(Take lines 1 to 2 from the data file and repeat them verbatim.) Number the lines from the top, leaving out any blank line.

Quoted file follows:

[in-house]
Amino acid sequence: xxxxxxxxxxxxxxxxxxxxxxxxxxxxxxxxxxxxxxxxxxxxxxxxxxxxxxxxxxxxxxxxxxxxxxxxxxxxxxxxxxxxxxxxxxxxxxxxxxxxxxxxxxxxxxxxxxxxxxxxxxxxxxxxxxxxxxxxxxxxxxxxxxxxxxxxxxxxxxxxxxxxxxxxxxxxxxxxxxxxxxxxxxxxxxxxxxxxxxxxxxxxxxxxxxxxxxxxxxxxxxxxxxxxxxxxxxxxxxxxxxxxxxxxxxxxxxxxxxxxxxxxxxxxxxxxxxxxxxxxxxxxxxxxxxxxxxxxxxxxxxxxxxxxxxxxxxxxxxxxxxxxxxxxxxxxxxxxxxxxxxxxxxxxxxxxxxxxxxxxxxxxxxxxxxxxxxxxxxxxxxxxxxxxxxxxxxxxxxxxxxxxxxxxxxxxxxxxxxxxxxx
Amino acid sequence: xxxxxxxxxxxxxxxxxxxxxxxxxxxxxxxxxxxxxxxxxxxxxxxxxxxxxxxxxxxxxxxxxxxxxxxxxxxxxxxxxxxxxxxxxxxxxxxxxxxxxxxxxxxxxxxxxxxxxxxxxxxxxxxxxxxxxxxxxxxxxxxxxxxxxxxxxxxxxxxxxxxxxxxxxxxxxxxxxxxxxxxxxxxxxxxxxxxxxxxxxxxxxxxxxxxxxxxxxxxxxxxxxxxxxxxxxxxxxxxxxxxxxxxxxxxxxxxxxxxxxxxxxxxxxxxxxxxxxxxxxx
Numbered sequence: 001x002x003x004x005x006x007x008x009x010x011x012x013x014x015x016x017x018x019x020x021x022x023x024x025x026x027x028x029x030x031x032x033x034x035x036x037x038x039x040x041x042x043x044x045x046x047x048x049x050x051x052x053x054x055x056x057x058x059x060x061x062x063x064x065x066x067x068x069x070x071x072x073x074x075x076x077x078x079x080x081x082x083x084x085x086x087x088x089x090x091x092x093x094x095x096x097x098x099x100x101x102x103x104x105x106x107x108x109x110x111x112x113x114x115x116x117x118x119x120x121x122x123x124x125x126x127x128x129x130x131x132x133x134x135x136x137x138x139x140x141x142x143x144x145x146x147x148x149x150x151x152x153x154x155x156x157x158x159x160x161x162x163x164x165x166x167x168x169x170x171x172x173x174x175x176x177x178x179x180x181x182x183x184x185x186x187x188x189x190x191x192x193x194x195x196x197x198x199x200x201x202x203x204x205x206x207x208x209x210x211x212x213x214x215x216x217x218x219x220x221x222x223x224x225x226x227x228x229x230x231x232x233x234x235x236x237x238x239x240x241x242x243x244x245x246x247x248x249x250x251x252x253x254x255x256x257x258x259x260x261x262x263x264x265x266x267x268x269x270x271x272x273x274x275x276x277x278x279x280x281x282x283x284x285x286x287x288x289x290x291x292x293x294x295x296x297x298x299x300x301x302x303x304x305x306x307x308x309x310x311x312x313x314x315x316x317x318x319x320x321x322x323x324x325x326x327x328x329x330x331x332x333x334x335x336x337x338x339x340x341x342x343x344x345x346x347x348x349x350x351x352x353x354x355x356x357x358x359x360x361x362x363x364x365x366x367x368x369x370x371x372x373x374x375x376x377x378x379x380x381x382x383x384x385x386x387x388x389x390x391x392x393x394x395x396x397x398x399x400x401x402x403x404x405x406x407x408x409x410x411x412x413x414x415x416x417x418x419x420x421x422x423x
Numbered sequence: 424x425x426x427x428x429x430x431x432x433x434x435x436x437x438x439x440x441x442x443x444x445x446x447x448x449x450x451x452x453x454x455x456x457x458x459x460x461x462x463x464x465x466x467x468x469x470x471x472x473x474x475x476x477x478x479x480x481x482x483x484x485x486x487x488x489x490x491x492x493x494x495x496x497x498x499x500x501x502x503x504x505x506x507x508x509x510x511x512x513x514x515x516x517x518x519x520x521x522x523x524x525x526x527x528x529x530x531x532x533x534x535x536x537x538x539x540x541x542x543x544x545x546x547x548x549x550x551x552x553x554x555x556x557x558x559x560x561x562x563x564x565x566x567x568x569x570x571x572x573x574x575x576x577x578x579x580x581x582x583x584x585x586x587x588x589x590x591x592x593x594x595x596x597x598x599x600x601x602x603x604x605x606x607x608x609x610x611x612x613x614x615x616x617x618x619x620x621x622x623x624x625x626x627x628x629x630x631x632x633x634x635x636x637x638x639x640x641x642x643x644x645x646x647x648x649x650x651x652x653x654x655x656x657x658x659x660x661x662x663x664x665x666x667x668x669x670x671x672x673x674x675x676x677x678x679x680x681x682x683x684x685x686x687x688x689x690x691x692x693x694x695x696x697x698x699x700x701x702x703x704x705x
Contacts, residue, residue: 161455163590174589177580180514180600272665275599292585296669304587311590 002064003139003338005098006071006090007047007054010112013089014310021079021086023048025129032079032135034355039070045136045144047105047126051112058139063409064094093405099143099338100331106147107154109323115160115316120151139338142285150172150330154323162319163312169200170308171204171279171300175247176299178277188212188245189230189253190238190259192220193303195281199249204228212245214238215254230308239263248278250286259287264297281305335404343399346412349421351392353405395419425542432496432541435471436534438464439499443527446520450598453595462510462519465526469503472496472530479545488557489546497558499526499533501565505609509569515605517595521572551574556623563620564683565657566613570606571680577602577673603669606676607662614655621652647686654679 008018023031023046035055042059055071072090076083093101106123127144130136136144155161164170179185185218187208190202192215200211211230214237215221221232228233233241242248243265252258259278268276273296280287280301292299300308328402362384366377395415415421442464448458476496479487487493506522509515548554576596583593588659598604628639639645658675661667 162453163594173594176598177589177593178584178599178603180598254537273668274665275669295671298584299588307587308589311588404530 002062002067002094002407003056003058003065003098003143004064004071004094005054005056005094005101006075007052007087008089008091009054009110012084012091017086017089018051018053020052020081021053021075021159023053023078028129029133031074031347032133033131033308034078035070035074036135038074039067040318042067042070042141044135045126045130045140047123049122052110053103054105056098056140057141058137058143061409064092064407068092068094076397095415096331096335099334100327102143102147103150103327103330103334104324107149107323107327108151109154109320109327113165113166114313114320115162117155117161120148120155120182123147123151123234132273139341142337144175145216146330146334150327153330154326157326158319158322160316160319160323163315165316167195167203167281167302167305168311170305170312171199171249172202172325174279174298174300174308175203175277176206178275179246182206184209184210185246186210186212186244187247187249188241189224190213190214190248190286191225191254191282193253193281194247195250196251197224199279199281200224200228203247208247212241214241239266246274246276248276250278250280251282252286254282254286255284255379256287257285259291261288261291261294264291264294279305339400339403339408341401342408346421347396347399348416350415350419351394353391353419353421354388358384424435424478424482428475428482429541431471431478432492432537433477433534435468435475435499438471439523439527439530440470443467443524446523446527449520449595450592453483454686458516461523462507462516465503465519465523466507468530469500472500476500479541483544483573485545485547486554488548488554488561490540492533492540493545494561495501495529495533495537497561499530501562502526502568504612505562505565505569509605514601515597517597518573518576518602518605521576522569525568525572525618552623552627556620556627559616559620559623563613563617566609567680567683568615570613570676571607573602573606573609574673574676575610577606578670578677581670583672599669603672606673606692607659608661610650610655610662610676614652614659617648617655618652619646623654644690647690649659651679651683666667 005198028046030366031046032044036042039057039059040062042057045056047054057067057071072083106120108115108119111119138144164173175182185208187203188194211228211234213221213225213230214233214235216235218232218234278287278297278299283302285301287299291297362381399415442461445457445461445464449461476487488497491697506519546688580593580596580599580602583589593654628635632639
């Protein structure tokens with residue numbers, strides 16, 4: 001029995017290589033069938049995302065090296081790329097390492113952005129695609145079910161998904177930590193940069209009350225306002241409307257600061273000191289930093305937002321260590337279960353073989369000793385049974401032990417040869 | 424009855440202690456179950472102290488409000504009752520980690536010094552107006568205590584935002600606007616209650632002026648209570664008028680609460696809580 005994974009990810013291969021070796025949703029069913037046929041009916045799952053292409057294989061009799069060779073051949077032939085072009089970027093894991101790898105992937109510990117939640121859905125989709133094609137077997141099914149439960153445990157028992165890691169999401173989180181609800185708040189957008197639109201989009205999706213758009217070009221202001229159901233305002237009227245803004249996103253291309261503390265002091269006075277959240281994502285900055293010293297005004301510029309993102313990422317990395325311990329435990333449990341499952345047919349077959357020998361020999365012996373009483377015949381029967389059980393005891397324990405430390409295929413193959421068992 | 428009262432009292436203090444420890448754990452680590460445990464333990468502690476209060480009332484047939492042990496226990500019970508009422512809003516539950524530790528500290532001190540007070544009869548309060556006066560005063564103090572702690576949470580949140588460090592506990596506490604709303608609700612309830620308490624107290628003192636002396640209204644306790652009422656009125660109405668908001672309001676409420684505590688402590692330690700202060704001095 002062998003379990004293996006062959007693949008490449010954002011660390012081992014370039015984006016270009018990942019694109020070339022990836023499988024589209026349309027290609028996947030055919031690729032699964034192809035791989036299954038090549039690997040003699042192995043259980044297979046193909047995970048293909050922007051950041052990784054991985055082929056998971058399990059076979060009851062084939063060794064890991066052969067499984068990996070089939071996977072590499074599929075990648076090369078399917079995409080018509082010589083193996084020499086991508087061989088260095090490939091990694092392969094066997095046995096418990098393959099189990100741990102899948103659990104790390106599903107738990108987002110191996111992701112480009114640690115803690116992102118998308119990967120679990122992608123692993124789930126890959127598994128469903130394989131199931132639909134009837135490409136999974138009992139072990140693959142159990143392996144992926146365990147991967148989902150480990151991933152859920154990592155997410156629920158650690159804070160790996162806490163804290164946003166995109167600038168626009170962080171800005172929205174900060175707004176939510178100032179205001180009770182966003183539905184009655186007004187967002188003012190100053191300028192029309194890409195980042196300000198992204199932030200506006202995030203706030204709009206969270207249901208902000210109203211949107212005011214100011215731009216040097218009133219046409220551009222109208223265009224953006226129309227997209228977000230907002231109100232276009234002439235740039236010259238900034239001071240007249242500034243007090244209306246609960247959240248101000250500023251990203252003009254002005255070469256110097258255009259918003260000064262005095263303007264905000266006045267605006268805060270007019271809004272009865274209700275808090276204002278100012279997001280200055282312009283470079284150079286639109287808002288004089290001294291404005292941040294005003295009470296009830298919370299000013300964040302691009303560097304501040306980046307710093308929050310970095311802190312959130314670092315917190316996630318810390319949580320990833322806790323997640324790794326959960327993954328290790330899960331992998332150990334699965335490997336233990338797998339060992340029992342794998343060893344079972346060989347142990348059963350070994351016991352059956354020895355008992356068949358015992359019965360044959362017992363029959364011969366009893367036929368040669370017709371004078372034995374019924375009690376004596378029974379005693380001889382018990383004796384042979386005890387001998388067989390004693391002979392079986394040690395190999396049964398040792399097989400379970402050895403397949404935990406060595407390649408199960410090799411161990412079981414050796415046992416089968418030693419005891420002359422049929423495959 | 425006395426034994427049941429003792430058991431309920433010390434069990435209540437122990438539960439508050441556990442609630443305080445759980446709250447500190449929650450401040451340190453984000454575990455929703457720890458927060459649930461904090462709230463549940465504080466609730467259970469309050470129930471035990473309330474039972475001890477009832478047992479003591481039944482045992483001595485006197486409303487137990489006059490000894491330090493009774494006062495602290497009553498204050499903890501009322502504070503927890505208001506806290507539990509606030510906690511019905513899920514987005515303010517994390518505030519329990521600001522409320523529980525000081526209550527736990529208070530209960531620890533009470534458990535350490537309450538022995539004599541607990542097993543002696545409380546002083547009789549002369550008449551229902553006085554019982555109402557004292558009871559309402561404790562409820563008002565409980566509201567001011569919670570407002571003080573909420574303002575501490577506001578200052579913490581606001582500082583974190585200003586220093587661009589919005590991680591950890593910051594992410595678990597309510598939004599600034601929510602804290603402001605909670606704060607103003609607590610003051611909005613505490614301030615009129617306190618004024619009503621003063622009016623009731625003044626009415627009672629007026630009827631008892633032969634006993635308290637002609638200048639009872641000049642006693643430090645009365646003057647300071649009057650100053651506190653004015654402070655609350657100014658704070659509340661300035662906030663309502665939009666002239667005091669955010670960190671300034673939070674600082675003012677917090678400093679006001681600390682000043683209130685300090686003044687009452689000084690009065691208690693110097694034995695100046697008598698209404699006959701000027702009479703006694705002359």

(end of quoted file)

[in-house]
Amino acid sequence: xxxxxxxxxxxxxxxxxxxxxxxxxxxxxxxxxxxxxxxxxxxxxxxxxxxxxxxxxxxxxxxxxxxxxxxxxxxxxxxxxxxxxxxxxxxxxxxxxxxxxxxxxxxxxxxxxxxxxxxxxxxxxxxxxxxxxxxxxxxxxxxxxxxxxxxxxxxxxxxxxxxxxxxxxxxxxxxxxxxxxxxxxxxxxxxxxxxxxxxxxxxxxxxxxxxxxxxxxxxxxxxxxxxxxxxxxxxxxxxxxxxxxxxxxxxxxxxxxxxxxxxxxxxxxxxxxxxxxxxxxxxxxxxxxxxxxxxxxxxxxxxxxxxxxxxxxxxxxxxxxxxxxxxxxxxxxxxxxxxxxxxxxxxxxxxxxxxxxxxxxxxxxxxxxxxxxxxxxxxxxxxxxxxxxxxxxxxxxxxxxxxxxxxxxxxxxxxxxxxxxxx